During the last fifteen years the rate of homicides (which comprise all cases of murder, manslaughter and infanticide) occurring in England and Wales has doubled. Analysis of the ages of victims shows that the homicide rate is rising most rapidly amongst males in or around their twenties, over 15 per million of whom are now killed as a result of the deliberate acts of other persons each year.
Table 1 gives a breakdown of the specific causes of homicide deaths recorded in the Registrar General’s Statistical Reviews since 1950 and Figure 2 illustrates the proportional distribution of the methods used in killings recorded by the police as homicides in 1974. The figures indicate a significant rise in the numbers of homicides committed with knives or other sharp instruments over the past two decades.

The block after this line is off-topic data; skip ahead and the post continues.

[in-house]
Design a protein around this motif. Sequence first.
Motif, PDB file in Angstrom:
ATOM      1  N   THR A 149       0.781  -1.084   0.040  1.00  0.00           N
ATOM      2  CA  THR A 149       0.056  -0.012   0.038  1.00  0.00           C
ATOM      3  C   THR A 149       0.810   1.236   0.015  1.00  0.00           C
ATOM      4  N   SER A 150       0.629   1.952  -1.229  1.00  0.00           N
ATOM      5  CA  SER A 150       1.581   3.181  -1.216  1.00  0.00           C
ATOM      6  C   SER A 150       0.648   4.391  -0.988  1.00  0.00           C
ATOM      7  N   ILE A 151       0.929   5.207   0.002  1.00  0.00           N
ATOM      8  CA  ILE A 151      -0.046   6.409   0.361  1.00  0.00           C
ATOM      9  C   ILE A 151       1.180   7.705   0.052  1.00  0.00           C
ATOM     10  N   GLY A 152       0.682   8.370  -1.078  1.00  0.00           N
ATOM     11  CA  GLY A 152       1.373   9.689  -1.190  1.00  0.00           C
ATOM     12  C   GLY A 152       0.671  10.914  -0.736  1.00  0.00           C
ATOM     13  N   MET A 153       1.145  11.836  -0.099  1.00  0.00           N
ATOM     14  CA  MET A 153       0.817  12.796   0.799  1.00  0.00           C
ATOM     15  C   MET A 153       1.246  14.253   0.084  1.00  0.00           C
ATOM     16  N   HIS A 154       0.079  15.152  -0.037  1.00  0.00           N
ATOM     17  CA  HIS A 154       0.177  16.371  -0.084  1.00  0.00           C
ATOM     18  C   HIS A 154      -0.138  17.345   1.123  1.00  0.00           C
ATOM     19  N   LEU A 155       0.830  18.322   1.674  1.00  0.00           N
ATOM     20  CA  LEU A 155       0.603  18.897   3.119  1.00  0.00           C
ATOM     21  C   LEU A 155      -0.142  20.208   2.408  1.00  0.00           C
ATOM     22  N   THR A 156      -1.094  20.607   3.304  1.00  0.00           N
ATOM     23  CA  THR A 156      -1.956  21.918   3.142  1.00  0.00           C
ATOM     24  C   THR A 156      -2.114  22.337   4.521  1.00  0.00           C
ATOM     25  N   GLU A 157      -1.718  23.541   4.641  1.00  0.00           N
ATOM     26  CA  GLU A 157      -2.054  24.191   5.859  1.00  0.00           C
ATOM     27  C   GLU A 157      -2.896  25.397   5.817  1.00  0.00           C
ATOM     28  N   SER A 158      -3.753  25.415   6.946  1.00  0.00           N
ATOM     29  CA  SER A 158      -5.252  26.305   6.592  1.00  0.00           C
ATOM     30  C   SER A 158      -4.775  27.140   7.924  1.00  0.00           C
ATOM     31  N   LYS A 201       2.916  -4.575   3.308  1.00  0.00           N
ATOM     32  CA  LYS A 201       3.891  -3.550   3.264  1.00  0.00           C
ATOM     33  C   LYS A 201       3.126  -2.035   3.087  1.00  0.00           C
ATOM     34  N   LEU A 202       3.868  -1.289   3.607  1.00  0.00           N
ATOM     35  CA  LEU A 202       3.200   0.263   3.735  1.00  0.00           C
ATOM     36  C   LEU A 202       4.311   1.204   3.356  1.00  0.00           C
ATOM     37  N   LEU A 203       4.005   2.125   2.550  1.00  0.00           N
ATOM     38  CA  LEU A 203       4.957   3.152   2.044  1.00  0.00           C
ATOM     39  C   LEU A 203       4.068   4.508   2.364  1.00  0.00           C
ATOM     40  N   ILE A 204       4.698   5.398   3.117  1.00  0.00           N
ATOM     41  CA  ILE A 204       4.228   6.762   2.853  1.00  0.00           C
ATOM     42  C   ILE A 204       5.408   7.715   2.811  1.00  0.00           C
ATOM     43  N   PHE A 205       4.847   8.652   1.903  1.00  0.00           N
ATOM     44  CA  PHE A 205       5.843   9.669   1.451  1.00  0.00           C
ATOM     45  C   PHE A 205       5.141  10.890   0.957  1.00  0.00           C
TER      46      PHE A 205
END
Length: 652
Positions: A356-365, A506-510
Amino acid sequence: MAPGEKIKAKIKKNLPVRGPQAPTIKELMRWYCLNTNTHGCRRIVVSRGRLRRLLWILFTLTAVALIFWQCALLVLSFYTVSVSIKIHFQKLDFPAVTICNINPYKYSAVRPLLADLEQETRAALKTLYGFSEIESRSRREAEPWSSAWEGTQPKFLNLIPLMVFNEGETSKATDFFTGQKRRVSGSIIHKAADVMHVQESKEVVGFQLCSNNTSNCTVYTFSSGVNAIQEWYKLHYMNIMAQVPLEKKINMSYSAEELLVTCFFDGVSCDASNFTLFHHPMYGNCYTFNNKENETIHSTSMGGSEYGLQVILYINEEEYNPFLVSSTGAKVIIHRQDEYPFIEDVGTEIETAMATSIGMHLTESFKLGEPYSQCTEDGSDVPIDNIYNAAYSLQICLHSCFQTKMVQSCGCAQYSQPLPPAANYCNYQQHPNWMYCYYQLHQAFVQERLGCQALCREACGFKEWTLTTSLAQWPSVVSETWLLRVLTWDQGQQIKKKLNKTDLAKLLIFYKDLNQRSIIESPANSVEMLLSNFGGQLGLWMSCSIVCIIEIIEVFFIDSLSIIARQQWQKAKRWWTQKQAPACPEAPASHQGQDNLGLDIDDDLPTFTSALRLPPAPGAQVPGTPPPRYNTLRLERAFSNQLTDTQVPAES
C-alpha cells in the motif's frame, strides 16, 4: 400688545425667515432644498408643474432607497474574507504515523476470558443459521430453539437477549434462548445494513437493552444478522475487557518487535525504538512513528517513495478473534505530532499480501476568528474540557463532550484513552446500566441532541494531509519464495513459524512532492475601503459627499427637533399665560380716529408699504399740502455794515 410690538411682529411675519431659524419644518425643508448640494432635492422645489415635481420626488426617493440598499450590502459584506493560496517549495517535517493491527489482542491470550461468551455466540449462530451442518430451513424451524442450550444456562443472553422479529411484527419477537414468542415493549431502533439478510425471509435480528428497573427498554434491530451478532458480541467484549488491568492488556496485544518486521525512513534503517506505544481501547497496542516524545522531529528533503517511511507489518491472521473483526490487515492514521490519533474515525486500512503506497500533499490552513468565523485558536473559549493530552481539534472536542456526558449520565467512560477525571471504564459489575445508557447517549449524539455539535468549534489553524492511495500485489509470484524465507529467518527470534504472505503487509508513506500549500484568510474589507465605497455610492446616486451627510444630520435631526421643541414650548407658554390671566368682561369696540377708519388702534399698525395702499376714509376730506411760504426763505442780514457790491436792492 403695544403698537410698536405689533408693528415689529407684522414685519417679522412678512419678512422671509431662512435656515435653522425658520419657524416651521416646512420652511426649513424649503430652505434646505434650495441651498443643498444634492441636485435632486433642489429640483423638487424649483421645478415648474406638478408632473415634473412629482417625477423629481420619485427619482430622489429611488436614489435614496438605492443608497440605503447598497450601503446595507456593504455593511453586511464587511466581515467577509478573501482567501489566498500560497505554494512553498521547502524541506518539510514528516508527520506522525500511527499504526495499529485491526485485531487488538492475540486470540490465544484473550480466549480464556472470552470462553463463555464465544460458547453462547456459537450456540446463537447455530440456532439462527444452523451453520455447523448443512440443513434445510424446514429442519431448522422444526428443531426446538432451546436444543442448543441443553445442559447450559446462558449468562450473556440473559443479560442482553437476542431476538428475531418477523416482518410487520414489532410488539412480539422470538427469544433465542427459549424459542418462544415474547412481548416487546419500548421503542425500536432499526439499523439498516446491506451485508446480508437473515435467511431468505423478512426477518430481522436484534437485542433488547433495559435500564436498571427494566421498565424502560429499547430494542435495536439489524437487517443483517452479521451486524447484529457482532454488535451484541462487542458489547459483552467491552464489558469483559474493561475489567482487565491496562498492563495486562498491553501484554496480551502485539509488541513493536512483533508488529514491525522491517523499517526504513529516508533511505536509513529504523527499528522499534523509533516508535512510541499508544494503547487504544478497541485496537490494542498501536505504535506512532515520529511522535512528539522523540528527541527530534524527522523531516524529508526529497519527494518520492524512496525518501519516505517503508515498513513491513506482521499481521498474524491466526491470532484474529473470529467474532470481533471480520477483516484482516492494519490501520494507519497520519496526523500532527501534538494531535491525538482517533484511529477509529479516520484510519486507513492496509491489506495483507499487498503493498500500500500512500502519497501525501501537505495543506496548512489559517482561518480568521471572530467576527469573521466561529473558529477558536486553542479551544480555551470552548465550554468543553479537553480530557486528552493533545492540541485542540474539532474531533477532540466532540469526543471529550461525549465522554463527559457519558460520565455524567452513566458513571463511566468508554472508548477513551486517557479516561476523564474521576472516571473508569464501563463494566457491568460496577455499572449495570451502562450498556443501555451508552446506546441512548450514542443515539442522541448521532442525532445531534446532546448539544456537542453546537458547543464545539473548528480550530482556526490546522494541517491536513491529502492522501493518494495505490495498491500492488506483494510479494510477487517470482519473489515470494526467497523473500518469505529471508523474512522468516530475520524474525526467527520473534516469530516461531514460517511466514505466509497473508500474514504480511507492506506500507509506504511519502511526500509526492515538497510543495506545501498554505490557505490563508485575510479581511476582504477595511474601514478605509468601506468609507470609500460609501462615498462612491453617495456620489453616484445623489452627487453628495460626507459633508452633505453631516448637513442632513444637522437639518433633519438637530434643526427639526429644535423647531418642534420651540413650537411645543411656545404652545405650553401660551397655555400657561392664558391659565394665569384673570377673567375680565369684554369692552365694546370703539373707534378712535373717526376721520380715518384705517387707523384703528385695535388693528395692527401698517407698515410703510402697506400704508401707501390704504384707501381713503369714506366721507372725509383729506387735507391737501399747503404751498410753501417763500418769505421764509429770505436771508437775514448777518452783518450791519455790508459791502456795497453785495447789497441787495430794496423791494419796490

About one in every three of all male homicide victims were killed by stabbing in the first half of the 1970’s as opposed to only one in every seven in the 1950’s. By contrast poisoning, which was about as frequent as stabbing in the 1950’s, now accounts for one in every 50 homicides. Killings by firearms and explosives have accounted for an approximately constant proportion of all homicides in England and Wales since the 1950’s, at about one in every ten (although this proportion rose in 1974). Strangulation was on average involved in around one in six homicides in England and Wales in the early 1970’s and in about one in three of all such deaths amongst females.